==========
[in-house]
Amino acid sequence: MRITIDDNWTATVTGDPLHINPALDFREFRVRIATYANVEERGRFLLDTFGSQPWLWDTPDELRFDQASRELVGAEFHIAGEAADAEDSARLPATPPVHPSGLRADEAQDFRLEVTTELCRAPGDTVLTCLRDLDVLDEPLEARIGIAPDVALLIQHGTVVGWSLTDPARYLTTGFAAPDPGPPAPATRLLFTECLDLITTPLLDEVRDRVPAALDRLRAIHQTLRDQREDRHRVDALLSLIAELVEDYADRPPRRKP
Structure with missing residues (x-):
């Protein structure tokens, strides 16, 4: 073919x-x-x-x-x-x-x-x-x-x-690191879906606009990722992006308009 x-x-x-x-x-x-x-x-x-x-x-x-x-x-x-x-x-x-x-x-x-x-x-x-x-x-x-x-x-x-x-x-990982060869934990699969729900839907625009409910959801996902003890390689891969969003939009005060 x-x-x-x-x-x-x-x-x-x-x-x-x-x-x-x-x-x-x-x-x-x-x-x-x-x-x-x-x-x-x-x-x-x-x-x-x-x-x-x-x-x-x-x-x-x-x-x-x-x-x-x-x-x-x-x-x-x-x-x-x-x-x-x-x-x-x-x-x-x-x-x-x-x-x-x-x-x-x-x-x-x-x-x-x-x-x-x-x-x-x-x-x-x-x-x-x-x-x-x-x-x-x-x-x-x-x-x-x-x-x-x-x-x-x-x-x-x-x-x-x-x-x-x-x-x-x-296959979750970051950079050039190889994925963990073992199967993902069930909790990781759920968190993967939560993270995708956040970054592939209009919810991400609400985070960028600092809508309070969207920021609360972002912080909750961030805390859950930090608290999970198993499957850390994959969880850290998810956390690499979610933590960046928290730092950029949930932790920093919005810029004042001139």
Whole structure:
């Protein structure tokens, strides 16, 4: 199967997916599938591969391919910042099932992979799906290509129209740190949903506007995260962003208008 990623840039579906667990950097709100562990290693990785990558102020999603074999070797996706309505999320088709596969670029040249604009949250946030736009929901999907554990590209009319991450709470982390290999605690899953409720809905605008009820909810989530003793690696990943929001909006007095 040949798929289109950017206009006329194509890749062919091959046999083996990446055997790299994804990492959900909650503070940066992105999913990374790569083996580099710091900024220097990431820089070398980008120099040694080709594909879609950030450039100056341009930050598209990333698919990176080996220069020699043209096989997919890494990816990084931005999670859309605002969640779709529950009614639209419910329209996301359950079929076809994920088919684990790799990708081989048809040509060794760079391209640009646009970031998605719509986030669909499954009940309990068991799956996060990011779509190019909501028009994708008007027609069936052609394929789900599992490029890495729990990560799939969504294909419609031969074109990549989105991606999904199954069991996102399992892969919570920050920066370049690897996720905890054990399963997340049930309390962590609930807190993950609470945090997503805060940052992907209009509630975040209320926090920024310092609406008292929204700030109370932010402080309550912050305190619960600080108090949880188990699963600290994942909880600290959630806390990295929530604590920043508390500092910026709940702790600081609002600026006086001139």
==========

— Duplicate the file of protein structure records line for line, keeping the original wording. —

[in-house]
Amino acid sequence: MRITIDDNWTATVTGDPLHINPALDFREFRVRIATYANVEERGRFLLDTFGSQPWLWDTPDELRFDQASRELVGAEFHIAGEAADAEDSARLPATPPVHPSGLRADEAQDFRLEVTTELCRAPGDTVLTCLRDLDVLDEPLEARIGIAPDVALLIQHGTVVGWSLTDPARYLTTGFAAPDPGPPAPATRLLFTECLDLITTPLLDEVRDRVPAALDRLRAIHQTLRDQREDRHRVDALLSLIAELVEDYADRPPRRKP
Structure with missing residues (x-):
């Protein structure tokens, strides 16, 4: 073919x-x-x-x-x-x-x-x-x-x-690191879906606009990722992006308009 x-x-x-x-x-x-x-x-x-x-x-x-x-x-x-x-x-x-x-x-x-x-x-x-x-x-x-x-x-x-x-x-990982060869934990699969729900839907625009409910959801996902003890390689891969969003939009005060 x-x-x-x-x-x-x-x-x-x-x-x-x-x-x-x-x-x-x-x-x-x-x-x-x-x-x-x-x-x-x-x-x-x-x-x-x-x-x-x-x-x-x-x-x-x-x-x-x-x-x-x-x-x-x-x-x-x-x-x-x-x-x-x-x-x-x-x-x-x-x-x-x-x-x-x-x-x-x-x-x-x-x-x-x-x-x-x-x-x-x-x-x-x-x-x-x-x-x-x-x-x-x-x-x-x-x-x-x-x-x-x-x-x-x-x-x-x-x-x-x-x-x-x-x-x-x-296959979750970051950079050039190889994925963990073992199967993902069930909790990781759920968190993967939560993270995708956040970054592939209009919810991400609400985070960028600092809508309070969207920021609360972002912080909750961030805390859950930090608290999970198993499957850390994959969880850290998810956390690499979610933590960046928290730092950029949930932790920093919005810029004042001139």
Whole structure:
């Protein structure tokens, strides 16, 4: 199967997916599938591969391919910042099932992979799906290509129209740190949903506007995260962003208008 990623840039579906667990950097709100562990290693990785990558102020999603074999070797996706309505999320088709596969670029040249604009949250946030736009929901999907554990590209009319991450709470982390290999605690899953409720809905605008009820909810989530003793690696990943929001909006007095 040949798929289109950017206009006329194509890749062919091959046999083996990446055997790299994804990492959900909650503070940066992105999913990374790569083996580099710091900024220097990431820089070398980008120099040694080709594909879609950030450039100056341009930050598209990333698919990176080996220069020699043209096989997919890494990816990084931005999670859309605002969640779709529950009614639209419910329209996301359950079929076809994920088919684990790799990708081989048809040509060794760079391209640009646009970031998605719509986030669909499954009940309990068991799956996060990011779509190019909501028009994708008007027609069936052609394929789900599992490029890495729990990560799939969504294909419609031969074109990549989105991606999904199954069991996102399992892969919570920050920066370049690897996720905890054990399963997340049930309390962590609930807190993950609470945090997503805060940052992907209009509630975040209320926090920024310092609406008292929204700030109370932010402080309550912050305190619960600080108090949880188990699963600290994942909880600290959630806390990295929530604590920043508390500092910026709940702790600081609002600026006086001139």